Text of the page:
A New Zealander's happiness is inversely proportional to the number of clouds in the sky, it really is. As it is with many South Africans, Australians and, lest we forget, English. I myself didn't realise the weather was the main mood determinant until I turned 3, a la, when I can first remember kicking around. From this age onwards, I noted how people would make a big song and dance if the weather was "bad", "horrible, "nasty" or "terrible", as if it could possibly have personal qualities - and, in consequence, become niggly, resentful and, occasionally, downright unpleasant. Or, alternately, be a girly box of fluffies if the weather were "stunning", "beautiful", "gorgeous" or "lovely".
Where is the cultural imagination? I mean, surely if the weather isn't killing you, or running aircraft aground and thus risking air travellers' lives, or upending or flooding one's house, why get in a stinker? Why begrudge forces of nature beyond our control? Have people not heard of Tenpin Bowls, Chinese Tea or the cinema? These are joyous indoor pursuits, all keenly enjoyed in the event of "foul" weather.
Ducks are wise: they're never happier than in the rain and they happen to be the most content, "here and now" type creatures I ever saw; also, van Gogh would walk in ALL weathers and he's about the most famous man of all time.
In other words, a bit of wind and rain is as salubrious as uninterrupted sunshine - you just have to work the angles.
But people are determined to have their weekend, wedding or picnic ruined if the weather runs "afoul". They are determined to moan, hiss and get snaky, "The summer that never arrived is over!", they bleat. But they shouldn't, we shouldn't.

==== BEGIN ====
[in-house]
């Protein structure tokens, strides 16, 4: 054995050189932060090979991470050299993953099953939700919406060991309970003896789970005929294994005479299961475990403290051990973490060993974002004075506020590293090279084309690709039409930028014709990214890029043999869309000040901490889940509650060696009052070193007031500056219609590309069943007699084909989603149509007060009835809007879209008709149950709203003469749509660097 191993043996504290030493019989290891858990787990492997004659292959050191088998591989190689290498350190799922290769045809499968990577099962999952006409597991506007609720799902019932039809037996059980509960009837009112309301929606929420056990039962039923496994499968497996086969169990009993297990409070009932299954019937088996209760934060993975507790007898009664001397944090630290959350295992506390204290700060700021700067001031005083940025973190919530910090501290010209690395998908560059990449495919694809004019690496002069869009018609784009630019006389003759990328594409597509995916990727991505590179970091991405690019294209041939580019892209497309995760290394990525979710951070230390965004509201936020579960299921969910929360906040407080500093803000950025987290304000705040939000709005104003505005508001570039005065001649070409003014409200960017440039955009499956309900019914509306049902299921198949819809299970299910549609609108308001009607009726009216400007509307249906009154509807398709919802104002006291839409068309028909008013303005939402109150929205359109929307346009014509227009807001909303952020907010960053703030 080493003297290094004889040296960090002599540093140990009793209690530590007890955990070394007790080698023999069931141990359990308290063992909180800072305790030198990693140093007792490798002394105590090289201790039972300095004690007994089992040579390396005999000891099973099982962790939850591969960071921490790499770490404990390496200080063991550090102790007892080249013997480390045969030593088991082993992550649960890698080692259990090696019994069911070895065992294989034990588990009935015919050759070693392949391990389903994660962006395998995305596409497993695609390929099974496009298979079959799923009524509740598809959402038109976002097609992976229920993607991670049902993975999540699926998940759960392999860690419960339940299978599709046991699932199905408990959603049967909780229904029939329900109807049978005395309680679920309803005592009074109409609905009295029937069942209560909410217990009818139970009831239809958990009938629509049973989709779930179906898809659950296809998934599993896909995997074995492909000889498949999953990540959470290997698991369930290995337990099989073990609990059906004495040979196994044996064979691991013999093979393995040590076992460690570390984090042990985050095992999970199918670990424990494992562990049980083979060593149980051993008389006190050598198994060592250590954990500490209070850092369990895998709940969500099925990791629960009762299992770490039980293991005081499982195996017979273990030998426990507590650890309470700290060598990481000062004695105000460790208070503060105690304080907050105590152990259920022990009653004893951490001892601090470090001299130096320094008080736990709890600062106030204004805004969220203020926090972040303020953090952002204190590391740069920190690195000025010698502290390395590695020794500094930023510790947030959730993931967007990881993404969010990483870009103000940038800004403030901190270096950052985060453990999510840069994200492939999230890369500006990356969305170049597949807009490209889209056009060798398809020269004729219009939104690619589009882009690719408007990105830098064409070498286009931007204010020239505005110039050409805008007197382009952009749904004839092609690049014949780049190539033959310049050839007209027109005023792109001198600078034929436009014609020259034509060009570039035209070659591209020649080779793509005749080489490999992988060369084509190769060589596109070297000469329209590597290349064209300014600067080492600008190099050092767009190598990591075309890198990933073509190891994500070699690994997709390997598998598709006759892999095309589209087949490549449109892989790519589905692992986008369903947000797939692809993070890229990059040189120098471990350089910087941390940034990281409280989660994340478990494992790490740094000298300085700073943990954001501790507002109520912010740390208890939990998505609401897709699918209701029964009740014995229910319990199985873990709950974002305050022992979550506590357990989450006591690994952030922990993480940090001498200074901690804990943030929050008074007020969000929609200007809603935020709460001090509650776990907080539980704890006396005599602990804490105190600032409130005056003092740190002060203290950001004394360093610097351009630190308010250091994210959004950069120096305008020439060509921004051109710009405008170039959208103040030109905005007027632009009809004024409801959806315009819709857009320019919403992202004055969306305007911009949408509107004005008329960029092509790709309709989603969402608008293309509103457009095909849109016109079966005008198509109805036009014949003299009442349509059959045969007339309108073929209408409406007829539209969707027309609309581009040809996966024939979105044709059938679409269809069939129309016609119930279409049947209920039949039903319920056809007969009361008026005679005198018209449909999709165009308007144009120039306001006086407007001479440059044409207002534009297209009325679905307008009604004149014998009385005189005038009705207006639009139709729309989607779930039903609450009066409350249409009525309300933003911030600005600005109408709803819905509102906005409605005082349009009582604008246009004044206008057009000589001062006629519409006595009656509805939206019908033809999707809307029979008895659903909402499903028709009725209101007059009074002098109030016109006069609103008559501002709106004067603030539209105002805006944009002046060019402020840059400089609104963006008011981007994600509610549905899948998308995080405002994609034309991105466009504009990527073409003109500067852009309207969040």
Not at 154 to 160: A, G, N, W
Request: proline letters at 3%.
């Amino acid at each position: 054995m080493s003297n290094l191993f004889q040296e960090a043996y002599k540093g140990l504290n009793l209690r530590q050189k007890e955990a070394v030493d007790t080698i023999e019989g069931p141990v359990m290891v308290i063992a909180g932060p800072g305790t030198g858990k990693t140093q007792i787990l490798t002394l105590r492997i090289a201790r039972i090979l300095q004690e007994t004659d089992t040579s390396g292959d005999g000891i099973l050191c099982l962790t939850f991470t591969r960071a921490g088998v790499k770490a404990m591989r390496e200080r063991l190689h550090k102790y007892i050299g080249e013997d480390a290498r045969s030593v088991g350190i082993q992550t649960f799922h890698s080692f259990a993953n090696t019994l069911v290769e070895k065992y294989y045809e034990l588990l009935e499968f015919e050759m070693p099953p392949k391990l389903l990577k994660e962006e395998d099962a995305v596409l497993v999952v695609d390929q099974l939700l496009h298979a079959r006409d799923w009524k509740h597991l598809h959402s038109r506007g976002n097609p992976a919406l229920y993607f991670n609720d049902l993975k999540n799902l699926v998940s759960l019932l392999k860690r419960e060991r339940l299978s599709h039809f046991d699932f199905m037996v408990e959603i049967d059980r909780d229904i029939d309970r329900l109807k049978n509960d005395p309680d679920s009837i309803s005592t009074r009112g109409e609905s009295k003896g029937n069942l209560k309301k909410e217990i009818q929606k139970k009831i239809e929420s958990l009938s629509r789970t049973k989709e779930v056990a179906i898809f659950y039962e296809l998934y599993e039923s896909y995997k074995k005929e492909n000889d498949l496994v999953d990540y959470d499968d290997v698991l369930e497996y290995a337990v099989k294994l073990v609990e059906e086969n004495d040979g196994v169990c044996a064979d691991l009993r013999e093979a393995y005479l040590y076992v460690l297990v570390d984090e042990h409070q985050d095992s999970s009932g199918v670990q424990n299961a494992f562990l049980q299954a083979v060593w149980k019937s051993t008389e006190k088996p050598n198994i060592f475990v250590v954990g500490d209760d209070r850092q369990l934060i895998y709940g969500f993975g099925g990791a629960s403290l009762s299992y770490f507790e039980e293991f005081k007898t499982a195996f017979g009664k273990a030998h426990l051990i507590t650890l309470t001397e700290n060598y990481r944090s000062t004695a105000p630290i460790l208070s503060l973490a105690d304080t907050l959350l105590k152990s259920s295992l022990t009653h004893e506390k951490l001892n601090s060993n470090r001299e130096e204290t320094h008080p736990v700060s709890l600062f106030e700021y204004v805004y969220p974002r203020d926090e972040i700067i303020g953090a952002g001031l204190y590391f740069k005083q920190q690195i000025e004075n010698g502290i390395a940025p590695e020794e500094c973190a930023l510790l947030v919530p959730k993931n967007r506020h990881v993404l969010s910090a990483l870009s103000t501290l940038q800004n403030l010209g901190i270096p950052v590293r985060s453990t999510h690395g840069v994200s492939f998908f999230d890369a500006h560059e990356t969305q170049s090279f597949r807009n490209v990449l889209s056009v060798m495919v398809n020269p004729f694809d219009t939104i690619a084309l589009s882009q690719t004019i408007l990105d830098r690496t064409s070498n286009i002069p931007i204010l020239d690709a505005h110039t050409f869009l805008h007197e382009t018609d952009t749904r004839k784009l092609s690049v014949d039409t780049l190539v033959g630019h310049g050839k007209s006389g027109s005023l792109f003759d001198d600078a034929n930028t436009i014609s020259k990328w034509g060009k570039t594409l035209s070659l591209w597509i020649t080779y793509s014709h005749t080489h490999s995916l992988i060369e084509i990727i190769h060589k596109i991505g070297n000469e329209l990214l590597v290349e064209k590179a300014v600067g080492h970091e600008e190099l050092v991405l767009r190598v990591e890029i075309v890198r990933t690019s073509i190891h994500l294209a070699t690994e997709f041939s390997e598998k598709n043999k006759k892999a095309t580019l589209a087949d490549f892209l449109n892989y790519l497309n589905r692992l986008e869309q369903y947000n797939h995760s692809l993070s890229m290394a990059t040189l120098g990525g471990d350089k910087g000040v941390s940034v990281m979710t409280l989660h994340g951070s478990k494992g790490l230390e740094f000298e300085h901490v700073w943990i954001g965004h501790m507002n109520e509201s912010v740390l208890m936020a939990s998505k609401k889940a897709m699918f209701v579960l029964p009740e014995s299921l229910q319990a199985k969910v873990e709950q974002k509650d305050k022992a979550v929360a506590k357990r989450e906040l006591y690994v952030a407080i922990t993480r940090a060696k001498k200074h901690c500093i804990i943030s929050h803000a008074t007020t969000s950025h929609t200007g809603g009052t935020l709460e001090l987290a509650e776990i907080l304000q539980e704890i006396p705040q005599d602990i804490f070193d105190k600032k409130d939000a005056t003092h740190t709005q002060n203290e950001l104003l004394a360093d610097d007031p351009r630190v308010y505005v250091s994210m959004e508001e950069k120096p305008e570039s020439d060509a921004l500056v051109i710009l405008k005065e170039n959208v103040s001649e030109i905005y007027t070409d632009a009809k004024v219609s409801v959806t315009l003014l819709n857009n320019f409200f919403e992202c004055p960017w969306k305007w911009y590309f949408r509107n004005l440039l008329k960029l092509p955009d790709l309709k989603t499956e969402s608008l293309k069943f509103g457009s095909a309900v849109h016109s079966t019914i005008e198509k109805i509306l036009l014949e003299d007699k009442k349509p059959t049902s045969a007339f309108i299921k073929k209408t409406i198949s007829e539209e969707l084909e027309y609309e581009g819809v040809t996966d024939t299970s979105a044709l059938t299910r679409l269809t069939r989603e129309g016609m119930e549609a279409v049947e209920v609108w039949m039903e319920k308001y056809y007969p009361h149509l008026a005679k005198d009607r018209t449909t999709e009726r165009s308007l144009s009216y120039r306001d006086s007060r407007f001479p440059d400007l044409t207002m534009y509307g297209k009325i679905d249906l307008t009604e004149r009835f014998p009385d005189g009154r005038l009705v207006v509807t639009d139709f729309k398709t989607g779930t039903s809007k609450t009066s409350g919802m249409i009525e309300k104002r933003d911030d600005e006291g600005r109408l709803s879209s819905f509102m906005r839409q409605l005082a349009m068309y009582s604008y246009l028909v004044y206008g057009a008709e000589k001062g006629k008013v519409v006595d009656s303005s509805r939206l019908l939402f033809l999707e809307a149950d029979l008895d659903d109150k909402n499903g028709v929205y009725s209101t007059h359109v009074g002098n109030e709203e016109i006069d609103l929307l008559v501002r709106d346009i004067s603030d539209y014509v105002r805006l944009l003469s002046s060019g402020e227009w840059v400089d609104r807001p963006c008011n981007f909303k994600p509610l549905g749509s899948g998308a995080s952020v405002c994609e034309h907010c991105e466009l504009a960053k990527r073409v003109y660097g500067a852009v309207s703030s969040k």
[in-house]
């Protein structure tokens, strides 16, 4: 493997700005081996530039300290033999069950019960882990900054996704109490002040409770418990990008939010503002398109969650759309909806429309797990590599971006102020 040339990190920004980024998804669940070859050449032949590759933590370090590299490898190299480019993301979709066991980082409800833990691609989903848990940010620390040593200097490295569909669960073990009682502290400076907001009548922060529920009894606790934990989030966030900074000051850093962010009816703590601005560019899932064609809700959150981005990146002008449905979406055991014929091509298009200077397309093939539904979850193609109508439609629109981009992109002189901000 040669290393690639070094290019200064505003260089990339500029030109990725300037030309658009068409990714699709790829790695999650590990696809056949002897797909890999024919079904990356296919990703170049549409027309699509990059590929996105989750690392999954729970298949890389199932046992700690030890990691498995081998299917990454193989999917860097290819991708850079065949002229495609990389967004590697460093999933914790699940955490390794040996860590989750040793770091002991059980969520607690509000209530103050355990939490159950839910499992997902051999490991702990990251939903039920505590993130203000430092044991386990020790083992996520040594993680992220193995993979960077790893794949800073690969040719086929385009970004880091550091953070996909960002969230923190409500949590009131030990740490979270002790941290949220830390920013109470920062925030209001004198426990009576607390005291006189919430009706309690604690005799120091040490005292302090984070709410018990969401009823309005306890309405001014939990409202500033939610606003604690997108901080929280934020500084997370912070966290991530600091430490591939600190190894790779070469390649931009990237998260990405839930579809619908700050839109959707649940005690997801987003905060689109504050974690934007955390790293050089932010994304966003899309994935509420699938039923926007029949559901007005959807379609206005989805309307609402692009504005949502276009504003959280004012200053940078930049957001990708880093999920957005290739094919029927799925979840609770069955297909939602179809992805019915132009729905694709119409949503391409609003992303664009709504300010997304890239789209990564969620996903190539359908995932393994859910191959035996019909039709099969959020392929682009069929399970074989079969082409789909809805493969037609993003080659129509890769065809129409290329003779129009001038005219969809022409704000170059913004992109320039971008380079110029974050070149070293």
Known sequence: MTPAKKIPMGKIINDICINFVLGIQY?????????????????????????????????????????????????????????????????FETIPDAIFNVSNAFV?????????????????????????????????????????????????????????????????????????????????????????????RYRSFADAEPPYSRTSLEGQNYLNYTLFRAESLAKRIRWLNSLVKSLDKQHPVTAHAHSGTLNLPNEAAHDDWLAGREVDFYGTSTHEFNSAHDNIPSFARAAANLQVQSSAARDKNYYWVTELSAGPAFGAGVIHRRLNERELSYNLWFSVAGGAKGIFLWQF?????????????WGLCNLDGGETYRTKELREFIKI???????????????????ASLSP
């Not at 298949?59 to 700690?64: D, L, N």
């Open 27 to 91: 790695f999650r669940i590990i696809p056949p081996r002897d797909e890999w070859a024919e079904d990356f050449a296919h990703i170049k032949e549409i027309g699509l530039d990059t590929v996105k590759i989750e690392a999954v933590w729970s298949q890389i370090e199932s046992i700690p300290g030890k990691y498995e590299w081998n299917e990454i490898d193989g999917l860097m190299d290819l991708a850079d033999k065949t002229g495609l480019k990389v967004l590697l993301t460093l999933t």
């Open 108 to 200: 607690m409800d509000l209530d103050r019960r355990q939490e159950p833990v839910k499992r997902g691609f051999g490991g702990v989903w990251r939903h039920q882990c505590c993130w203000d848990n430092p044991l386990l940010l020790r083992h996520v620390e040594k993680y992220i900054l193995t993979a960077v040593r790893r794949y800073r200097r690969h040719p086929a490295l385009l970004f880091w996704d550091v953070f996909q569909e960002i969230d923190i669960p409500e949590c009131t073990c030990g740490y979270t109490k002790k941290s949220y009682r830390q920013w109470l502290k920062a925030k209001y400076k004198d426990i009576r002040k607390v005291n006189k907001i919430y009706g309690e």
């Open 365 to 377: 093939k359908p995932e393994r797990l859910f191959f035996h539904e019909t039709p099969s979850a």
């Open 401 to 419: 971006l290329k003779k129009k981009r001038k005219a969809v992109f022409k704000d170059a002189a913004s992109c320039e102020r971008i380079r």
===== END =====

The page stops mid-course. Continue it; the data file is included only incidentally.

I once went to a rained-in wedding and it was superb. Why? Because the apocalyptic weather outside centralised the buoyant mood of the occasion, forcing people to rub elbows with one another inside and, consequently, really kick up their heels. In other words, the wild and windy night outside prompted a wild and windy night inside, behaviourally speaking. It was gloriously elemental.
I understand people need to dry their washing, do their gardening, manage their motor camp, work their tanning or play their cricket; weather-dependent activities, all. And I therefore respect their hopes for cloudless skies and things. Well, not always; The New Zealand Cricket boys' credibility is often preserved owing to delays caused by inclement rain and howling winds, resulting in drawn test matches. So "bad weather" can be "good weather", depending on whether what you do, or achieve, is determined by the weather.
Speaking sport, the best rugby was always enjoyed in bad weather, despite it not necessarily being "pretty" rugby, clinically and physically speaking. Yet, on some weird levels, it could be plenty pretty, if, say, the surface were greasy enough. For instance, I remember Mark Carter, without trying, sliding an extraordinarily great distance when he scored a try under the posts for Auckland, a million years ago, in an NPC final against Otago, at Eden Park. It looked terrific and it was all brought about by "bad weather".
Yet, on the other hand, not a soul can remember when the All Blacks did South Africa 22 years later under the effulgent sun at, again, Eden Park. Why? The weather was so "good" we all forgot the test match. Henceforth, I wish people would make less fuss of their weather. It puts a dampener on conversation, inhibits behaviour and limits human freedoms. In saying that, worldwide weather-mania meant Crowded House scored a Top 10 UK hit with Weather With You some 21 years ago.
So you have to work the angles indeed.